Layers Of Technical Responsibility

Layers Of Technical Responsibility

I have defined here a new way and a new arrangement of how websites will be structured in the future and how responsibility will be shared between themes and plugins. I have evaluated it thoroughly and made a solid decision, but I’ll finally see if it works as expected on the next projects.

This is the entirety of the logical framework for themes and plugins. Despite its initial appearance of complexity, the system is straightforward, adaptable, efficient, and above all, future-proof.

  1. Pipeline: Dev > Staging > Production
    Define the exact process for pushing and pulling databases, files, and uploads with ease.

  2. Basic Page Templates and Essential Elements
    A theme is a place where skeleton page-templates and basic patterns are located. “Skeleton” page templates refer to the default layout of the header, footer, single page template, 404 template and similar. Users are encouraged to customize these as needed, which is now easily achievable as the theme provides a foundation for such modifications. Complete support for theme.json is also crucial as it enables proper propagation of global customization on both front-end CSS and within the editor. A theme is also responsible for allowing users to choose global colors and basic styles for essential elements, buttons and similar, but nothing more. While fonts can be also defined within the theme, a standardized official companion plugin is favorable.

    1. Theme: Frost Theme
    2. Companion Plugin: Create Block Theme, used primarily for fonts
    3. Tech Note: Avoid adding any build processes, no SCSS generation or minification, as these should be implemented through plugins whenever possible.
  3. Navigation Clarification
    Although it may appear that navigation is a part of the theme, it is actually comprised solely of “Nav” blocks and should thus be styled through plugins rather than the theme itself. In terms of styling, the theme will provide basic defaults, such as a CSS reset, but not much more than that.

  4. Customizing Core Blocks
    This is the point at which responsibility is transferred to the blocks and subsequently to the plugins. Commonly there is a need to tweak core blocks in small ways, such as by implementing some improvements that do not hinder further development and which are even expected to be incorporated into future Gutenberg updates. E.g., the responsiveness of core blocks, etc.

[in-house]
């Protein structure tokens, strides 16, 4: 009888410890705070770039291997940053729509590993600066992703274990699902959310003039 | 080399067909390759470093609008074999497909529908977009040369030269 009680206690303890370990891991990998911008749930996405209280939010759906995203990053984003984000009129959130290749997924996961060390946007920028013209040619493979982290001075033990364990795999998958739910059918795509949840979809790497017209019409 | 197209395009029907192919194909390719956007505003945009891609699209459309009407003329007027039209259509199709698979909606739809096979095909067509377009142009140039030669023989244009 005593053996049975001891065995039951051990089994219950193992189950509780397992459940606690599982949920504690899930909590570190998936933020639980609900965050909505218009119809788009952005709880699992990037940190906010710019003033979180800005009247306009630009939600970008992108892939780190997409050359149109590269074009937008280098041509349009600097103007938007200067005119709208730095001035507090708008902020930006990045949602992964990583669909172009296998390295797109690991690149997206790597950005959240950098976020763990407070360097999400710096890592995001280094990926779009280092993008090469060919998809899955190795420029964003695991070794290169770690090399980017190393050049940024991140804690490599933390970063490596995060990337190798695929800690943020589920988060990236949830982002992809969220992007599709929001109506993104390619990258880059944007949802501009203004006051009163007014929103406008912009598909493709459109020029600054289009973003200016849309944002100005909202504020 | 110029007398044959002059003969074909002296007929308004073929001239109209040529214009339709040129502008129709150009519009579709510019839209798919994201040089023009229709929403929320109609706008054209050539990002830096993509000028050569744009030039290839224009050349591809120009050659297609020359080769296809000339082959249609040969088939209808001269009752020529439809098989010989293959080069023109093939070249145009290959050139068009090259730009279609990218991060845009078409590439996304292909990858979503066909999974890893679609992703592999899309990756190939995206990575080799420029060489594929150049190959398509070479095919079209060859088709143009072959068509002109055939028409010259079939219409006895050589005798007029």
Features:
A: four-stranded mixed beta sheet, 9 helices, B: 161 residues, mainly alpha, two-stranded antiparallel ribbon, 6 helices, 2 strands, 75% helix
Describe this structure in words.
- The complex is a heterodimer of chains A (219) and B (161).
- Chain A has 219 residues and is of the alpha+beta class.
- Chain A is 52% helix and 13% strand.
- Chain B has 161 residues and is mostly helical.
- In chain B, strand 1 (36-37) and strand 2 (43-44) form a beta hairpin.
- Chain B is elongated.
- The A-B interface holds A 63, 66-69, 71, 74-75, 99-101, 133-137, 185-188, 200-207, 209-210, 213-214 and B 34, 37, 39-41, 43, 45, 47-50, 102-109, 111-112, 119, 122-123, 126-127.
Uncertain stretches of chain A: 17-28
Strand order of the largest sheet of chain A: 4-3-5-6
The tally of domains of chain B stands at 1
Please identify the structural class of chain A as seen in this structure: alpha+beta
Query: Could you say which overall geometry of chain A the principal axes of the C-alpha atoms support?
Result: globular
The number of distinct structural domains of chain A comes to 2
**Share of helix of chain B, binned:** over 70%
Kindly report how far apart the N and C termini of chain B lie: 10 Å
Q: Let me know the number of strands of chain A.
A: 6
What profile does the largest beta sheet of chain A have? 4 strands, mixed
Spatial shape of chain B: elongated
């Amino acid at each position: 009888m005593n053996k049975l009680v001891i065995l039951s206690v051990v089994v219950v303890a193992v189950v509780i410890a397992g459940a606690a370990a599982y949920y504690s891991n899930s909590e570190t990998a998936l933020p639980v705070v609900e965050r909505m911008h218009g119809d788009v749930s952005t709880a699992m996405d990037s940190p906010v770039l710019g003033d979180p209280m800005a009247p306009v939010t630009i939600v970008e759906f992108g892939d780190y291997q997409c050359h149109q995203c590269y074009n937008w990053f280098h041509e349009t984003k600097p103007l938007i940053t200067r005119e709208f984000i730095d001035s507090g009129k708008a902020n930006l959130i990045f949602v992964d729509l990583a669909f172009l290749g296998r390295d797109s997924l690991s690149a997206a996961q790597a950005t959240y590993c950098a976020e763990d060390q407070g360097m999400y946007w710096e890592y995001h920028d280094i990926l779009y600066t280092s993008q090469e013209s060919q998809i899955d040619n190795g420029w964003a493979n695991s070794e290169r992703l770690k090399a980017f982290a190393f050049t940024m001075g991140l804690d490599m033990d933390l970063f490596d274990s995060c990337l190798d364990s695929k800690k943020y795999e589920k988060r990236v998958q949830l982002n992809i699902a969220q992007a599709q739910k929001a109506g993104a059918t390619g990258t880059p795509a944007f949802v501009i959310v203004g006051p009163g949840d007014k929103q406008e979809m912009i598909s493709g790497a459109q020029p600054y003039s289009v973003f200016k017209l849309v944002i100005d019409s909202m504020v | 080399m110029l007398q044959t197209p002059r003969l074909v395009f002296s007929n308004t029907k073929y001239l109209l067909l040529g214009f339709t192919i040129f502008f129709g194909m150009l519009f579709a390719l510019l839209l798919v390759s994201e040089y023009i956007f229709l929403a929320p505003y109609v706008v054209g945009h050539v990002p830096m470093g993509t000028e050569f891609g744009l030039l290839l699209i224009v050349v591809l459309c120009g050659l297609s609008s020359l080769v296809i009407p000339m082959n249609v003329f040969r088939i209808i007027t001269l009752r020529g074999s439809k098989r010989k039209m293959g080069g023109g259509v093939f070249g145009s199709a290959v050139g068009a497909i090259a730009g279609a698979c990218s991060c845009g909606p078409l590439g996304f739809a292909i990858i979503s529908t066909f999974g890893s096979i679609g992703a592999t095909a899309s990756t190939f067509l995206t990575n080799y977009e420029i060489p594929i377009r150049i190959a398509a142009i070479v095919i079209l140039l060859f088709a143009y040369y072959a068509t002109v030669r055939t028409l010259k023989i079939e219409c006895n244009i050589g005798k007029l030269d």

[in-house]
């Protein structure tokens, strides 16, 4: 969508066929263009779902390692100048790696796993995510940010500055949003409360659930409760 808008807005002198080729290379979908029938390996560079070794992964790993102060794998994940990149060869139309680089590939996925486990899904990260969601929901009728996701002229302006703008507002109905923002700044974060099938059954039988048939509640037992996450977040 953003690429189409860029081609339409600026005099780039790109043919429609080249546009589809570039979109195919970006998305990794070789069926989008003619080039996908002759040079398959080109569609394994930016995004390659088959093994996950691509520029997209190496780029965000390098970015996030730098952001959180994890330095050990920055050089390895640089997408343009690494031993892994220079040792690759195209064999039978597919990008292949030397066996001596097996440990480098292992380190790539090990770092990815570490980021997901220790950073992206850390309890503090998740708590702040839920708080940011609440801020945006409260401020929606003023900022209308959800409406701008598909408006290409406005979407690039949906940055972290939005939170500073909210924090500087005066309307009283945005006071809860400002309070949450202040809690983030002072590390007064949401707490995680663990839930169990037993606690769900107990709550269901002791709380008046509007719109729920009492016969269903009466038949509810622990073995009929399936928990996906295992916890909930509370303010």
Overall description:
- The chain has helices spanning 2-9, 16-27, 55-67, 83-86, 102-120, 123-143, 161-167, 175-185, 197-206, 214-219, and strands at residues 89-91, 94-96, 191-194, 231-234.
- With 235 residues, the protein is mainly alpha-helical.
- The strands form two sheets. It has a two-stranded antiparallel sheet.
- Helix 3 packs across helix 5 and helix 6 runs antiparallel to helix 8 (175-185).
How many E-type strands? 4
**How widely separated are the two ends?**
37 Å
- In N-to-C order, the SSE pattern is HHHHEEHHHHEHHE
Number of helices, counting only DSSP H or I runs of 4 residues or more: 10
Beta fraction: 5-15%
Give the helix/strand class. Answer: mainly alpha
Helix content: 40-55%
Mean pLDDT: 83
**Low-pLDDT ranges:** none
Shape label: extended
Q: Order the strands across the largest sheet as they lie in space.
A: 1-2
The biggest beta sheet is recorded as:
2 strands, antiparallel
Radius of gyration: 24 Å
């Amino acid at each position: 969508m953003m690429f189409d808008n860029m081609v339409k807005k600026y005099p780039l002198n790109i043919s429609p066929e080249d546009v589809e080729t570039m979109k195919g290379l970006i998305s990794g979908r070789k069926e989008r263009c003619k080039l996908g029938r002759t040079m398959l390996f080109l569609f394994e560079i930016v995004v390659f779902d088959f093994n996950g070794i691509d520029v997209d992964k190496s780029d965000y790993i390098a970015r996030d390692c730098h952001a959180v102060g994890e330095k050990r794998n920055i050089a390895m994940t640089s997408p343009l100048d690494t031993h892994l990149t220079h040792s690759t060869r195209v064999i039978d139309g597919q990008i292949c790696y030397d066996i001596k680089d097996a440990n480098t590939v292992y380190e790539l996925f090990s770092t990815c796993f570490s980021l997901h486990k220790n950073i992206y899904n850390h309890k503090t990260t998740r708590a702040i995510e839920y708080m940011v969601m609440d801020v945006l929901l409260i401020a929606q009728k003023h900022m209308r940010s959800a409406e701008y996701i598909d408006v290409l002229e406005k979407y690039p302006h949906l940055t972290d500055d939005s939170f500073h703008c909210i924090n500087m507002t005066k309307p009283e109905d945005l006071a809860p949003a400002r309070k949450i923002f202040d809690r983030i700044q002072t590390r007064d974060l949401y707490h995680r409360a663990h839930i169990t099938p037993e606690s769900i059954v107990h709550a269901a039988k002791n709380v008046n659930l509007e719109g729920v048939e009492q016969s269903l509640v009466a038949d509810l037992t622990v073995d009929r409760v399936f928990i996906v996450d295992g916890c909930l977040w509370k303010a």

1. Plugin: Twentig, to enhance all core blocks to a certain extent
    2. Tech Note: Although Twentig provides its font manipulation system, this is already properly addressed through the “Create Block Theme” plugin in a previous steps.
  5. The Work Stage
    At this point, we are using Block Patterns, Custom Blocks and Reusable Blocks with pre-defined CSS styling modifiers aka CSS classes. This is the layer where users work and write most of the time. They receive predefined already styled patterns, as well as custom blocks if needed, while also being able to create their reusable blocks when necessary. Every pattern/block is provided with a modifier in a form of predefined CSS classes specific to that pattern, and with these modifier styles user can then further customize block appearance and behavior.

    1. Plugin: Plain Classes or “Classy” plugin, used for simplified input of CSS modifier classes from a preset list.
    2. Tech Note: Developer creates CSS styles that users can use but can’t modify, and add them to the system through plugins alongside patterns and blocks he has created as they are all part of the same package. Besides “classic” CSS, a developer is also allowed here to use Tailwind CSS which we will mention in later steps.
  6. Copy-Pasty Stage, with the help of Tailwind CSS
    We are using Tailwind CSS as the pre-final CSS override and for copy-pasting components. The end user will use it inside the Gutenberg editor and will often copy-paste Tailwind components from various public-domain sources. Since the structure and styling are in the together in the same place, everything will properly fit and insert into the content. Plugin: Winden, as Paid plugin Tech Note: It is important that these styles override previous CSS styles, and this is a goal to strive for.

  7. The Sparkles Stage
    This is a moment where the user can employ blocks with animations and attractive styling. These blocks are presented either as individual plugins for each block or as part of some block collection. When using a plugin collection, it’s important to identify and stick to just one, as having more can lead to user confusion and even site sluggishness. Plugin: Greenshift plugin, with a bunch of attractive blocks for advanced fancy effects if needed. Tech note: It’s crucial to ensure that the block collection doesn’t add anything to pages where the blocks aren’t used. Surprisingly, not many block collections work in this proper way.

The system is designed to be easy to understand and use, and its future-proofing capabilities ensure that it will be useful for the foreseeable future.

date 17. Feb 2023 | modified 10. Jun 2024
filename: Wordpress » Gutenberg » The New Way